The secret ballot may not be so secret if Minnesota’s presidential preference primary goes ahead as planned.
The presidential primary law requires separate ballots for each political party, requires that all voters disclose to election officials the party ballot they choose and makes that data public record.
The primary will take place on the first Tuesday in March 2020. The presidential primary will not replace the primary for all other races conducted in August. The August primary and the November general elections would still be conducted without recording a party preference.
Unlike some states, Minnesotans don’t register to vote with a party preference. Even in primary elections, all parties’ candidates are on the same ballot so a voter’s party preference remains a secret. Publicly available election data only records your name, age, when and where you voted, not what party or candidate you vote for.
That tradition of privacy should be protected.
For years, Minnesotans have used precinct caucuses as the first step in choosing a presidential candidate. At the caucuses, delegates are chosen for district and eventually state political conventions. With the addition of the primary, caucuses will continue to conduct other party nominations and business, but parties would be bound by presidential primary results.
Precinct caucuses are run by the parties and when you attend, you have to pledge to support the party’s principles. But the presidential primary is run by the state and paid for by taxpayers.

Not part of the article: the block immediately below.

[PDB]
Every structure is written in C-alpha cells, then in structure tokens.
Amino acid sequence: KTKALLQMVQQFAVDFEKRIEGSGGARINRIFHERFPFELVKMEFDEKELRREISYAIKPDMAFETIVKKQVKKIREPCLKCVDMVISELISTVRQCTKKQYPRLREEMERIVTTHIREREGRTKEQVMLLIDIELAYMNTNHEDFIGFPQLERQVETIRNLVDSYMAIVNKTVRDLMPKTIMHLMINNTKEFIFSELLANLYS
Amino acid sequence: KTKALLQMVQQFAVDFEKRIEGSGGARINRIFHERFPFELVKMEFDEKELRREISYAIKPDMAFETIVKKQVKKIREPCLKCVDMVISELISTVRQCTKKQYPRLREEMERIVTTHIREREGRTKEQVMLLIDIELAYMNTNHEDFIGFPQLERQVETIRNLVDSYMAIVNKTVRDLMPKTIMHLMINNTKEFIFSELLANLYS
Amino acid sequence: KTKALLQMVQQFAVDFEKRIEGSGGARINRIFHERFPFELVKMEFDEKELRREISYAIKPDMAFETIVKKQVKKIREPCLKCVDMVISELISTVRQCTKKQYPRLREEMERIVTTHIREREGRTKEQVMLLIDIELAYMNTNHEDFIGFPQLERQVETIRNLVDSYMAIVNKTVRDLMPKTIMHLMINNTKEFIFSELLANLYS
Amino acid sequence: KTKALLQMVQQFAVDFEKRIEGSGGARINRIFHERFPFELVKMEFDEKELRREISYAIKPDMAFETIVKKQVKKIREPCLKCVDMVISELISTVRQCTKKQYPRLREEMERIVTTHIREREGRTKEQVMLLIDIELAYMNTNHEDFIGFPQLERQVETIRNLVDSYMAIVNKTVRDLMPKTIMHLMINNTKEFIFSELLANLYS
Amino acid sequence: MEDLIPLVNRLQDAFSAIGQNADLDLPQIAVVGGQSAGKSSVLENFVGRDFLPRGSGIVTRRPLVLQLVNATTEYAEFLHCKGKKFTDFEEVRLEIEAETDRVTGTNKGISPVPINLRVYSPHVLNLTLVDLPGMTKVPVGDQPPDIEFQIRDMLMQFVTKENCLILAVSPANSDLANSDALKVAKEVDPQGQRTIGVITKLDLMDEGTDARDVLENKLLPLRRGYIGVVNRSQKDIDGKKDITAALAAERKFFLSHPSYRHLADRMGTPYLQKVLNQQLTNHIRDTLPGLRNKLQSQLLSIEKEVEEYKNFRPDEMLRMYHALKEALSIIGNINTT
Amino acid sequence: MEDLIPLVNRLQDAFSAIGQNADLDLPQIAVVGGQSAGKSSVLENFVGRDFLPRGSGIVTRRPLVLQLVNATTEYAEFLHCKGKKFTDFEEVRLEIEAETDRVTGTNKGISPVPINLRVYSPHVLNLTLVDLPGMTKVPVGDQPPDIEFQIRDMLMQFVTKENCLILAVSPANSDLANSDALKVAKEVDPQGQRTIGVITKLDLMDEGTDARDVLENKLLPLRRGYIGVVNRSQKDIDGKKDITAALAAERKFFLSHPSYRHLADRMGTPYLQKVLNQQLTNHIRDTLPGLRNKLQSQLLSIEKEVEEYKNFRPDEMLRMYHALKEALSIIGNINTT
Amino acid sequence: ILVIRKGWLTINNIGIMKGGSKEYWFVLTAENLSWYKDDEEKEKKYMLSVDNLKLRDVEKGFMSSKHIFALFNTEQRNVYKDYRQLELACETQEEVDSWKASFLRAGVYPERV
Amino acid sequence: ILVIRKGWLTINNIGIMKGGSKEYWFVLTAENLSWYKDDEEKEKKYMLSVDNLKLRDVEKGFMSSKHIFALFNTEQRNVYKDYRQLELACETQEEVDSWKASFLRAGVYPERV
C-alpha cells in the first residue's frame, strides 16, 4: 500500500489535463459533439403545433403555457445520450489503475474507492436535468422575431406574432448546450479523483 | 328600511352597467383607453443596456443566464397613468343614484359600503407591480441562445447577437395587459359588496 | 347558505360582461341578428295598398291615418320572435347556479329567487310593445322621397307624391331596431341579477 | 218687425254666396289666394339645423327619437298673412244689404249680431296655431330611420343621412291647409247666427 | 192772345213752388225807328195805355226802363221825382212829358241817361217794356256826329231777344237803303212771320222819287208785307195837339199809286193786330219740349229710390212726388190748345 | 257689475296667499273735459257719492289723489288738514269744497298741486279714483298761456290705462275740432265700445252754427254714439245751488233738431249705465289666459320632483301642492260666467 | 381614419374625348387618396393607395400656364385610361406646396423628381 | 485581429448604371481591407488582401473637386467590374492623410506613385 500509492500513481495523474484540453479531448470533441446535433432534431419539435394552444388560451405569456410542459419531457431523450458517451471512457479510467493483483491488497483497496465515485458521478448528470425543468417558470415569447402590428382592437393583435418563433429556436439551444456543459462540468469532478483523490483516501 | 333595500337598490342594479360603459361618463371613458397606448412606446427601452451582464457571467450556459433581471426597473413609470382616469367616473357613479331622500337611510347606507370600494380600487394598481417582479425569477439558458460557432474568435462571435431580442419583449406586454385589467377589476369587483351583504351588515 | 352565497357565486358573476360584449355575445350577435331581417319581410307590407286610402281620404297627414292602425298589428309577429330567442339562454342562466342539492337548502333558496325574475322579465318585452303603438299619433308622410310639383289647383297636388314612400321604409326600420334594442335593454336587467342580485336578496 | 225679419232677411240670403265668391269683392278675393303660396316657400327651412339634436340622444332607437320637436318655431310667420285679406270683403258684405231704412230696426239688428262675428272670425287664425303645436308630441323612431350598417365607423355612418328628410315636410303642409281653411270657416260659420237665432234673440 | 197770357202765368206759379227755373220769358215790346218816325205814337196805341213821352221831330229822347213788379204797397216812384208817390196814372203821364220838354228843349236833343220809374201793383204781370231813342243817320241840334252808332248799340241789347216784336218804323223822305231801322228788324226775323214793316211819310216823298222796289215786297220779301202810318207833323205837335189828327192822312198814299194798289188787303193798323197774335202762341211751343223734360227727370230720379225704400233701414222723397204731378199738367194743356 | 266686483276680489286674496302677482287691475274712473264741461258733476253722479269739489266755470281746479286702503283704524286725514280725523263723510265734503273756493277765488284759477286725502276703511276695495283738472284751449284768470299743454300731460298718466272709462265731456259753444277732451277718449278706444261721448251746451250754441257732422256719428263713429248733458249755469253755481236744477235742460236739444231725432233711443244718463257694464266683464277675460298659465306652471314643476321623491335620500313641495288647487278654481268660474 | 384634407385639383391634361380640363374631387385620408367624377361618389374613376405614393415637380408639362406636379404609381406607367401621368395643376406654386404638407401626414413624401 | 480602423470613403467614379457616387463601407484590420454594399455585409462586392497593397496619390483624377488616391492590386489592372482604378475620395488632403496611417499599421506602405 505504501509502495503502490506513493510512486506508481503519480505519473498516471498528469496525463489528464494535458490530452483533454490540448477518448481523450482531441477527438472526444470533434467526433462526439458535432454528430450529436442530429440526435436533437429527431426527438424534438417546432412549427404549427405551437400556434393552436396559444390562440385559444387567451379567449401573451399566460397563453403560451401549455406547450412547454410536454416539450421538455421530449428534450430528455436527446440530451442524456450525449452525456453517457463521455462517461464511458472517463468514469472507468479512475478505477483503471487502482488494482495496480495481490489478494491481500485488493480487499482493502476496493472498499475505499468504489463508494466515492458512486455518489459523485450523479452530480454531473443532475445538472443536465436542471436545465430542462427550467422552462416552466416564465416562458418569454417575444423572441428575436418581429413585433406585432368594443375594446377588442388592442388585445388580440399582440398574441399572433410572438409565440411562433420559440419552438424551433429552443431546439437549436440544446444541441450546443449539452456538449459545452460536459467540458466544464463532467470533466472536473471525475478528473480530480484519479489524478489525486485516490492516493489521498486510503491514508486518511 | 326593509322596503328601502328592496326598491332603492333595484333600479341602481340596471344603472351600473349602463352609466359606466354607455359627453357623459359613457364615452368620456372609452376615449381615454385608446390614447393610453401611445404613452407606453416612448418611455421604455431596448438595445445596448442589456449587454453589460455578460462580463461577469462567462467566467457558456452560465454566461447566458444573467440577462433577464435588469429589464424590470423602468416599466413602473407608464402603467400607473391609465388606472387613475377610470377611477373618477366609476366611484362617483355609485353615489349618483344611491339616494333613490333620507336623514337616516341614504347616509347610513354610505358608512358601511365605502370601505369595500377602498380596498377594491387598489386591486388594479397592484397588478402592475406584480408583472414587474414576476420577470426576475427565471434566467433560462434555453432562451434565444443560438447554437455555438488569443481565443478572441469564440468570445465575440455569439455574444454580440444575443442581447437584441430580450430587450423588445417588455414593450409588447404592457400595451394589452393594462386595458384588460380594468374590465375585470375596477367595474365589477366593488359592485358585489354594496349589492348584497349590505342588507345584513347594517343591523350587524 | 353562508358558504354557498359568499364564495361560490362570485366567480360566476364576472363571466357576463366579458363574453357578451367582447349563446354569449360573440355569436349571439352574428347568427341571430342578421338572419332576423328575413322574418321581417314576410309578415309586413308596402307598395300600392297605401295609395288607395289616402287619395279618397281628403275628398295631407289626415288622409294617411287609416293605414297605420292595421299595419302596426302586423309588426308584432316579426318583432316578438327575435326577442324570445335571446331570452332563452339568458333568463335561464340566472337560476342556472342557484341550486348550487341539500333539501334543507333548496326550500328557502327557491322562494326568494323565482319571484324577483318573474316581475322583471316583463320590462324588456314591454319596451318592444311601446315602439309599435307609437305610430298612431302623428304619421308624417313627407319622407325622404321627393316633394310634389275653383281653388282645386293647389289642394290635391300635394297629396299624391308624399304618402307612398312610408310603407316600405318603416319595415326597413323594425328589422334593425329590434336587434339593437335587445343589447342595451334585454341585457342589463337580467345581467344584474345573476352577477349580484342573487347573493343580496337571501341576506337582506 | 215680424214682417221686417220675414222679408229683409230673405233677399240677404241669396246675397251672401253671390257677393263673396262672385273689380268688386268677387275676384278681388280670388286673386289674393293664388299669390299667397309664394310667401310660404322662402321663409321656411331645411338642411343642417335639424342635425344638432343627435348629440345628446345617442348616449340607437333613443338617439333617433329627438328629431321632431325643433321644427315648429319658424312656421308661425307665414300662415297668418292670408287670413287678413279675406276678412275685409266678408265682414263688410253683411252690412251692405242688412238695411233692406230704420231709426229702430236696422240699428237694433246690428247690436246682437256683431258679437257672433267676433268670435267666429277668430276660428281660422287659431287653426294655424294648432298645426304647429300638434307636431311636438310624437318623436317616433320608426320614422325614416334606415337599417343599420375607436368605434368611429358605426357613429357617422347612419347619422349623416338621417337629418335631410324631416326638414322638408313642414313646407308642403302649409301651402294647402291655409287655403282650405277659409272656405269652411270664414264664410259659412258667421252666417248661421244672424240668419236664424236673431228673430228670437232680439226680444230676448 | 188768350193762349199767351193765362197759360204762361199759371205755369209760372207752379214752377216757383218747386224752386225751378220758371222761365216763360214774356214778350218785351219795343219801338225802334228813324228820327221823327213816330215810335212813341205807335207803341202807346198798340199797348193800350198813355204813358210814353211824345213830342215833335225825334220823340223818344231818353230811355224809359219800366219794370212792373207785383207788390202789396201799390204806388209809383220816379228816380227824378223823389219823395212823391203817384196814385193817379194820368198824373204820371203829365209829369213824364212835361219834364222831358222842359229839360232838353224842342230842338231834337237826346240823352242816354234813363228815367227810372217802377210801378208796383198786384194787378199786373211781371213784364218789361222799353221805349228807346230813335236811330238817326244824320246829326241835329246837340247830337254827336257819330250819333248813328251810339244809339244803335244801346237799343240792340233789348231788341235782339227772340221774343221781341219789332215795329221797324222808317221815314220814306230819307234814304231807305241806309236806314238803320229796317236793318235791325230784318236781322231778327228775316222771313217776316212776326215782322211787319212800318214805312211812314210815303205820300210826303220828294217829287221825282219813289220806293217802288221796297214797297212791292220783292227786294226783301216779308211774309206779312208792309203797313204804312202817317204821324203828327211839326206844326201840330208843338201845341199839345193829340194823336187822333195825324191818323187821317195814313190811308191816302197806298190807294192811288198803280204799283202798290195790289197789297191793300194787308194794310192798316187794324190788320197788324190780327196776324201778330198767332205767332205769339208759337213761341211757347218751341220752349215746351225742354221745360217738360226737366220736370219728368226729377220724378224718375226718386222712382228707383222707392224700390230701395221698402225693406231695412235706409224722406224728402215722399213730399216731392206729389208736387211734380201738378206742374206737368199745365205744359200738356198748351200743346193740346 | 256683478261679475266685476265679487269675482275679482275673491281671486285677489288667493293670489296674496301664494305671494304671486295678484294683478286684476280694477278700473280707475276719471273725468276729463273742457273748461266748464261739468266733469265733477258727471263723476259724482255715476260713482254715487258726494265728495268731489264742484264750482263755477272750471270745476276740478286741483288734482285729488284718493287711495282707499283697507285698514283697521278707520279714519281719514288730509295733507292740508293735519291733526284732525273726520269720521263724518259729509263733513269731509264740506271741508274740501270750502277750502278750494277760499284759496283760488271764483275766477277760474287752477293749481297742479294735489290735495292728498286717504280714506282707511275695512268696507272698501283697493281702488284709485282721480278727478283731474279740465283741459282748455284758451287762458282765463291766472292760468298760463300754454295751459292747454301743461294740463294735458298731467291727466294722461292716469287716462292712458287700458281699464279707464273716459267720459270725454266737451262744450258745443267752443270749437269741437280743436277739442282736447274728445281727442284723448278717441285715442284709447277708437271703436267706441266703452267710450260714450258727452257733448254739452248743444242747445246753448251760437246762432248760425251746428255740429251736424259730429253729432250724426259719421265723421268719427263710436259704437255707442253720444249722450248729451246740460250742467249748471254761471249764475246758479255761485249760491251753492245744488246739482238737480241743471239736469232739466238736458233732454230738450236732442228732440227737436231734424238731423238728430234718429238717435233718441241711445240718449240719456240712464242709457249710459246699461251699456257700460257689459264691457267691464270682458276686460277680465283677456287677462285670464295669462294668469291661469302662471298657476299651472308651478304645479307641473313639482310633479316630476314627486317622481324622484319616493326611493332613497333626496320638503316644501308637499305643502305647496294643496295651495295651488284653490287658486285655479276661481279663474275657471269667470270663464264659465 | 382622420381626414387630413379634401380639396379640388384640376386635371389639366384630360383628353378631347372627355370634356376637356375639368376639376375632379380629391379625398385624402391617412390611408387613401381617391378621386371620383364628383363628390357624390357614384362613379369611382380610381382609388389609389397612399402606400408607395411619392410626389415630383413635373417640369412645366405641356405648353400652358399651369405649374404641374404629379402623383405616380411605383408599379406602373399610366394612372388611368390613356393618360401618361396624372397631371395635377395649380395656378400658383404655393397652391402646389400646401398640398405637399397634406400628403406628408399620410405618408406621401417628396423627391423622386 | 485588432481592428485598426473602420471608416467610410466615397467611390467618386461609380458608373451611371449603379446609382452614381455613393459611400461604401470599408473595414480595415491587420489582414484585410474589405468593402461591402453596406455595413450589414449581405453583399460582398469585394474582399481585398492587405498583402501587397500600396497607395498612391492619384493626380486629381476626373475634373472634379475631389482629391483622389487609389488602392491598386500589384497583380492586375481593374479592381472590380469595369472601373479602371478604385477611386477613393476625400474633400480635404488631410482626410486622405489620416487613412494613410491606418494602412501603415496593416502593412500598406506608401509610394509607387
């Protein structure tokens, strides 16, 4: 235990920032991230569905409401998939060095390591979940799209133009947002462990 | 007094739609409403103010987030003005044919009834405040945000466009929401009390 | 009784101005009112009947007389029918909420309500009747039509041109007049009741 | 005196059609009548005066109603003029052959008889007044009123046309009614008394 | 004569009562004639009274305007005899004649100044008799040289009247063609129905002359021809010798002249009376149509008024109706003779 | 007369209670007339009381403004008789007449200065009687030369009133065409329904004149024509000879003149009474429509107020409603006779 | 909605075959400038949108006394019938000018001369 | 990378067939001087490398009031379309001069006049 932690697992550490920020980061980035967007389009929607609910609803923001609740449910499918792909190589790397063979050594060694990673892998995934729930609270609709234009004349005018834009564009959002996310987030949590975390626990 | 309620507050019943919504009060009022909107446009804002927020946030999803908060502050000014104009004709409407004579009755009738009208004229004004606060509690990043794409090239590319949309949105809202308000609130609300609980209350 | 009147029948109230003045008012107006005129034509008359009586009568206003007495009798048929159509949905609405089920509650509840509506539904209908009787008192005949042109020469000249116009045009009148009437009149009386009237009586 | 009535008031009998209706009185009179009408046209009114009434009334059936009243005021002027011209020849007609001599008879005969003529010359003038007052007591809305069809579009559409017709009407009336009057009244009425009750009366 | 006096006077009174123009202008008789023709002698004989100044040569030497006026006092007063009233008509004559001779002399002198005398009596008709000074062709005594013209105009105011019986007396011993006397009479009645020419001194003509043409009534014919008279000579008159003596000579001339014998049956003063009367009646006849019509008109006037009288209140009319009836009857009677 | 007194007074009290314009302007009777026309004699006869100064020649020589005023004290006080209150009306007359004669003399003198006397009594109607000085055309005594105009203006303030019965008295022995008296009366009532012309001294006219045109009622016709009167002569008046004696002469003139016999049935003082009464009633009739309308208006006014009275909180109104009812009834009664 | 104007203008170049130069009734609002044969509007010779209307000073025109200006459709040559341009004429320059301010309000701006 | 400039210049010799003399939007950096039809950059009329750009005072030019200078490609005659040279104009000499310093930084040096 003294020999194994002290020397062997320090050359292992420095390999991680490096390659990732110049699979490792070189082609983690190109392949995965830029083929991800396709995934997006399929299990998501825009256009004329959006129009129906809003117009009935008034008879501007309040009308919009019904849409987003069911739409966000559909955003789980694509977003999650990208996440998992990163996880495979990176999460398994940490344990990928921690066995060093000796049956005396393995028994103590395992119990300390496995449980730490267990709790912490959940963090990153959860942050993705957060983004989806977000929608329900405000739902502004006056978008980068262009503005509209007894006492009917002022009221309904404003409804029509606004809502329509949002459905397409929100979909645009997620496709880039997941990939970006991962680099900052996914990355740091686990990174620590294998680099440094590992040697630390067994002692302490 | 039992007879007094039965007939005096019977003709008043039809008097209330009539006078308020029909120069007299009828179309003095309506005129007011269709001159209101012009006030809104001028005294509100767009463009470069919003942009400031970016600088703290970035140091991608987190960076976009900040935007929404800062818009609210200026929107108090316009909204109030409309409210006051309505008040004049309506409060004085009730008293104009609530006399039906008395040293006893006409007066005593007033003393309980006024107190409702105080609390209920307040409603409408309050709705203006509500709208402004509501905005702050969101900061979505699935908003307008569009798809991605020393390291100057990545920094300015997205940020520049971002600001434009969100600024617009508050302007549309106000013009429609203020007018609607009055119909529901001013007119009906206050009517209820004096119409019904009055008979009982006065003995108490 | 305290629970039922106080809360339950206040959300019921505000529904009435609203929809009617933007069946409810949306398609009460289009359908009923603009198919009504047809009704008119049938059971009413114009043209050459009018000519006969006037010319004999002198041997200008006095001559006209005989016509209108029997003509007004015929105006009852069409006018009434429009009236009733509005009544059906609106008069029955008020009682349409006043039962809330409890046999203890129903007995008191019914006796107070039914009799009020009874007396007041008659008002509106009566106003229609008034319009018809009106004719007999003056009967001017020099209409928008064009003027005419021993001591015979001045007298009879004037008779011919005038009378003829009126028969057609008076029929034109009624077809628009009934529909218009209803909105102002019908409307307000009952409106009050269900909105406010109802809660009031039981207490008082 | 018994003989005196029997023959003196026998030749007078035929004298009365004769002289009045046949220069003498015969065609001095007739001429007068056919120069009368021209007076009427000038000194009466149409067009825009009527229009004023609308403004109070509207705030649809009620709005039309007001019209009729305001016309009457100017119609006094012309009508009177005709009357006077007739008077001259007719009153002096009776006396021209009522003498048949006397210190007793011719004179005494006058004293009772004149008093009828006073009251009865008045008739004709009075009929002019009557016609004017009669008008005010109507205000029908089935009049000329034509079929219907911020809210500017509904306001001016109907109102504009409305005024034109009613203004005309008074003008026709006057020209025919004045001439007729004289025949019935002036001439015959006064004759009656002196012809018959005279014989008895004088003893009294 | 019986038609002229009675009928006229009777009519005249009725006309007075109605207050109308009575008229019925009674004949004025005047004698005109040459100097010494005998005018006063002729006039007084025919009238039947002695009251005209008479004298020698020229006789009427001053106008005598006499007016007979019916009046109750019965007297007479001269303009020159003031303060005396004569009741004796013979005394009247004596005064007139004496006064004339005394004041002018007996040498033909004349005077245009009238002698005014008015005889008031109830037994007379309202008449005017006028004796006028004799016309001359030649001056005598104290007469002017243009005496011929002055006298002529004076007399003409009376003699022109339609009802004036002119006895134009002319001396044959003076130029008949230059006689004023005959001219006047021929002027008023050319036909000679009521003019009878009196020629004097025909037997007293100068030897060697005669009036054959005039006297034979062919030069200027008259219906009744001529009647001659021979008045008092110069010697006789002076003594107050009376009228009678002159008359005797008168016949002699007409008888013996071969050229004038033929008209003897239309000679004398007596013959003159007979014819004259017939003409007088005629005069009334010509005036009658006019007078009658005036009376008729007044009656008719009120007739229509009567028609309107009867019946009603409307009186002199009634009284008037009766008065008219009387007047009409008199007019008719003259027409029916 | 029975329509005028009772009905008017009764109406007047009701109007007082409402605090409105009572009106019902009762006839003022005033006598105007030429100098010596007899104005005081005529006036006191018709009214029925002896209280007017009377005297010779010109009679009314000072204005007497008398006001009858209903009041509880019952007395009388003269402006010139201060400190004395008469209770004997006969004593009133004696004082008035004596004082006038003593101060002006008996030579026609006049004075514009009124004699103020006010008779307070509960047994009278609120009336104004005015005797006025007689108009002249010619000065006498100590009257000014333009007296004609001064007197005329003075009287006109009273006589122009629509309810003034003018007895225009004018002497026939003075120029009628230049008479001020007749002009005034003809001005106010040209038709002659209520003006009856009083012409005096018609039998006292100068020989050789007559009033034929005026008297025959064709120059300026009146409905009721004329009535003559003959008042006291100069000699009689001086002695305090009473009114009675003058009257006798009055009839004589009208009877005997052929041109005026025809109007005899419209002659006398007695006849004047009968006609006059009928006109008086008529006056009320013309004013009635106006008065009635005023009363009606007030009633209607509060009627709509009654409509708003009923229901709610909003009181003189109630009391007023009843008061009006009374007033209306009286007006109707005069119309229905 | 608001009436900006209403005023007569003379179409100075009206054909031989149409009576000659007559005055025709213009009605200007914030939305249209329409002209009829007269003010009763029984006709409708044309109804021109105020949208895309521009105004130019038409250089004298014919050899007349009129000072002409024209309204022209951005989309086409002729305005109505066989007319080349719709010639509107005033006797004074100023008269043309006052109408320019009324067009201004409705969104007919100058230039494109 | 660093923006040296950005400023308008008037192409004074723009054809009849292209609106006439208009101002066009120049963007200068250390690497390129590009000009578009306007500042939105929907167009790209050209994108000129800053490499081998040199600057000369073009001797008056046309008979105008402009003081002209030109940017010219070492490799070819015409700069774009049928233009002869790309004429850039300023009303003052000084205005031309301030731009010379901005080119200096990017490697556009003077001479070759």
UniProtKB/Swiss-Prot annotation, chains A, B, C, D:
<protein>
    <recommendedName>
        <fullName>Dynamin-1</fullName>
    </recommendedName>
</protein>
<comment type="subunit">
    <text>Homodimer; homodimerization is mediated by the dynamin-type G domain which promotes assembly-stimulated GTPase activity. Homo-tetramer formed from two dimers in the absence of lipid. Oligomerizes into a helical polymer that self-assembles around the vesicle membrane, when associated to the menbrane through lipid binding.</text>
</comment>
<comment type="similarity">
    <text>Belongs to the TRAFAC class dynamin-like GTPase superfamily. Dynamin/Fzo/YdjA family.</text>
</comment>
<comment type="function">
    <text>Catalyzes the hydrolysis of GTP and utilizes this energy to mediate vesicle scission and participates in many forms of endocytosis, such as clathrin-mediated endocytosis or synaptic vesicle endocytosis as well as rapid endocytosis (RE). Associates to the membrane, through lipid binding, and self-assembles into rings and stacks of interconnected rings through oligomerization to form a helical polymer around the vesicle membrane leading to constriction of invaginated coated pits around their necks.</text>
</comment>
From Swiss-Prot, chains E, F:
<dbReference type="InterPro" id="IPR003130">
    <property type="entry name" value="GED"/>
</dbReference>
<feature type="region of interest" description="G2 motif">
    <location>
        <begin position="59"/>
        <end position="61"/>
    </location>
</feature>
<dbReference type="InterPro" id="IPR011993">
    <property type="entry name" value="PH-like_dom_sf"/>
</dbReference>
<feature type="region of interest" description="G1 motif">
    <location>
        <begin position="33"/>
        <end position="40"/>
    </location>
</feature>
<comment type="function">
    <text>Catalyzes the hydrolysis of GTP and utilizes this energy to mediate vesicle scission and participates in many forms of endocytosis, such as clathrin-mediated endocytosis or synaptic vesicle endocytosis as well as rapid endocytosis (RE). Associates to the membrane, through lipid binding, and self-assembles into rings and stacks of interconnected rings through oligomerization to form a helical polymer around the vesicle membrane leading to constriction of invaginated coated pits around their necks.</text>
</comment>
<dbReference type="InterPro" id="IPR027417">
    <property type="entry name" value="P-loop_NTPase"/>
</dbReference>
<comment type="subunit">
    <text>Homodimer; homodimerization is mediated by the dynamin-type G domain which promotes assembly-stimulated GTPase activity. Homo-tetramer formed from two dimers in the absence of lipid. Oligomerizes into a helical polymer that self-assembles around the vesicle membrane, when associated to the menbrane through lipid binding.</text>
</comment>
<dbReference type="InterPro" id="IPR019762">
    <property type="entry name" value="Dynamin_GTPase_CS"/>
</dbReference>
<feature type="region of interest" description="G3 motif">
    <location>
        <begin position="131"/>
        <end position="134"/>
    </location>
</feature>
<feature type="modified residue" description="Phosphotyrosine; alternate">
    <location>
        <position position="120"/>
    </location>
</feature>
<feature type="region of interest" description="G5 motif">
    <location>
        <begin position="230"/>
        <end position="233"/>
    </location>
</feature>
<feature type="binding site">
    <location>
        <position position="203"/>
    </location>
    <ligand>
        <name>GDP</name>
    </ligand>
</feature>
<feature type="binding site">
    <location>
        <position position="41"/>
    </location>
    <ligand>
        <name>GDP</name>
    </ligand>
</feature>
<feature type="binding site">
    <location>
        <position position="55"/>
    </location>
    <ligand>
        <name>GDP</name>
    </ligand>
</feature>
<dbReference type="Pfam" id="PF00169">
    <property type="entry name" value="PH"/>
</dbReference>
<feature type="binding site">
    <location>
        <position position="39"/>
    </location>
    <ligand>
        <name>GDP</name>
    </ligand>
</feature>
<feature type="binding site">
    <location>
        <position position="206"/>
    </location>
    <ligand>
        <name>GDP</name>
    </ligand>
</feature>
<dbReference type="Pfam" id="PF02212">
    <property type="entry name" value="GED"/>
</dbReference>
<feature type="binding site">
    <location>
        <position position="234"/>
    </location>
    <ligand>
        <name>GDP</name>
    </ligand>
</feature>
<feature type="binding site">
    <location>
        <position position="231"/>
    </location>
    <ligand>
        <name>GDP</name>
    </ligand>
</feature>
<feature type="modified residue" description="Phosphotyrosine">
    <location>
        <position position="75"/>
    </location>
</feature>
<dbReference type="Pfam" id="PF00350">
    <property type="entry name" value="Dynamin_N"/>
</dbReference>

There are several options for conducting the primary while keeping voters’ choices secret.
Secretary of State Steve Simon wants to conduct the presidential primary by mail.
Simon argues that under a mail balloting system, which is supported by counties and municipalities throughout Minnesota, every person registered to vote would receive by mail a ballot for the presidential nominating contest. To cast a ballot, voters would then be required to fill out and return their mail ballot by the day determined for the presidential primary. This would be functionally the same as those who chose to vote from home during the 2014, ‘16, or ‘18 election cycles.
Vote by mail could save millions of dollars in election administration costs, would allow voters to choose their party preference in the privacy of their own home, and has been shown in other states to increase voter participation.
“There is no good reason to require public disclosure of voters’ party preferences,” Simon said. “Minnesota’s voter registration system has never required a voter to state a party affiliation. Minnesota does not need to change a system that has worked so well for us for so many years.”
When the law was passed, the governor and both political parties supported collecting party preference data saying the national parties would not support the election outcome without it. The parties will find out who voted for their candidates and also who voted for the other party’s candidates.
A more costly way to protect privacy would be to include all parties’ candidates on a single ballot as is done with the August primary for local, state and federal races. All voters would receive the same ballot.
Either solution is preferable to capturing a voter’s party choice. The presidential primary law appears to be a back-door way of recording voters’ party preferences.
Contact your state legislators and urge them to work with Simon to change the law and protect Minnesotans’ secret ballot. Public disclosure should not be a part of the presidential primary law.